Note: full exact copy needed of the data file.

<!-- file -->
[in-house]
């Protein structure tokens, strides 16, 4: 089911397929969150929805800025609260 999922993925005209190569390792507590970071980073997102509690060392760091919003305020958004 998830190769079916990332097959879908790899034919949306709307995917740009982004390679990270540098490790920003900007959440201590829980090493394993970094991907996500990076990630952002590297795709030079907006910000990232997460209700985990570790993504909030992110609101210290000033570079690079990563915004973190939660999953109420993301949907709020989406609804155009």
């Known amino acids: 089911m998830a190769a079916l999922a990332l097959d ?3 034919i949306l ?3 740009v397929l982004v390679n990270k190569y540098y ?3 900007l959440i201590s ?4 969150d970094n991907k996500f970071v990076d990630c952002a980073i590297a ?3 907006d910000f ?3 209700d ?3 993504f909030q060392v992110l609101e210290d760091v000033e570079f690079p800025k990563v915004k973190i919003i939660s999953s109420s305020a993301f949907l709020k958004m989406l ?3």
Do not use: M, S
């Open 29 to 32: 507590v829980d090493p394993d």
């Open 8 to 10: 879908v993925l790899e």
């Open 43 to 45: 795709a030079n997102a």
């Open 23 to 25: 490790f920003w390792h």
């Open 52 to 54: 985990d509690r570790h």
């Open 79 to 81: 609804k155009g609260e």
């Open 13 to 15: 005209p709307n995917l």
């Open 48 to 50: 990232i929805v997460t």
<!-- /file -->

[in-house]
């Protein structure tokens, strides 16, 4: 089911397929969150929805800025609260 999922993925005209190569390792507590970071980073997102509690060392760091919003305020958004 998830190769079916990332097959879908790899034919949306709307995917740009982004390679990270540098490790920003900007959440201590829980090493394993970094991907996500990076990630952002590297795709030079907006910000990232997460209700985990570790993504909030992110609101210290000033570079690079990563915004973190939660999953109420993301949907709020989406609804155009």
């Known amino acids: 089911m998830a190769a079916l999922a990332l097959d ?3 034919i949306l ?3 740009v397929l982004v390679n990270k190569y540098y ?3 900007l959440i201590s ?4 969150d970094n991907k996500f970071v990076d990630c952002a980073i590297a ?3 907006d910000f ?3 209700d ?3 993504f909030q060392v992110l609101e210290d760091v000033e570079f690079p800025k990563v915004k973190i919003i939660s999953s109420s305020a993301f949907l709020k958004m989406l ?3």
Do not use: M, S
């Open 29 to 32: 507590v829980d090493p394993d």
């Open 8 to 10: 879908v993925l790899e």
């Open 43 to 45: 795709a030079n997102a």
């Open 23 to 25: 490790f920003w390792h």
């Open 52 to 54: 985990d509690r570790h």
């Open 79 to 81: 609804k155009g609260e």
């Open 13 to 15: 005209p709307n995917l």
């Open 48 to 50: 990232i929805v997460t």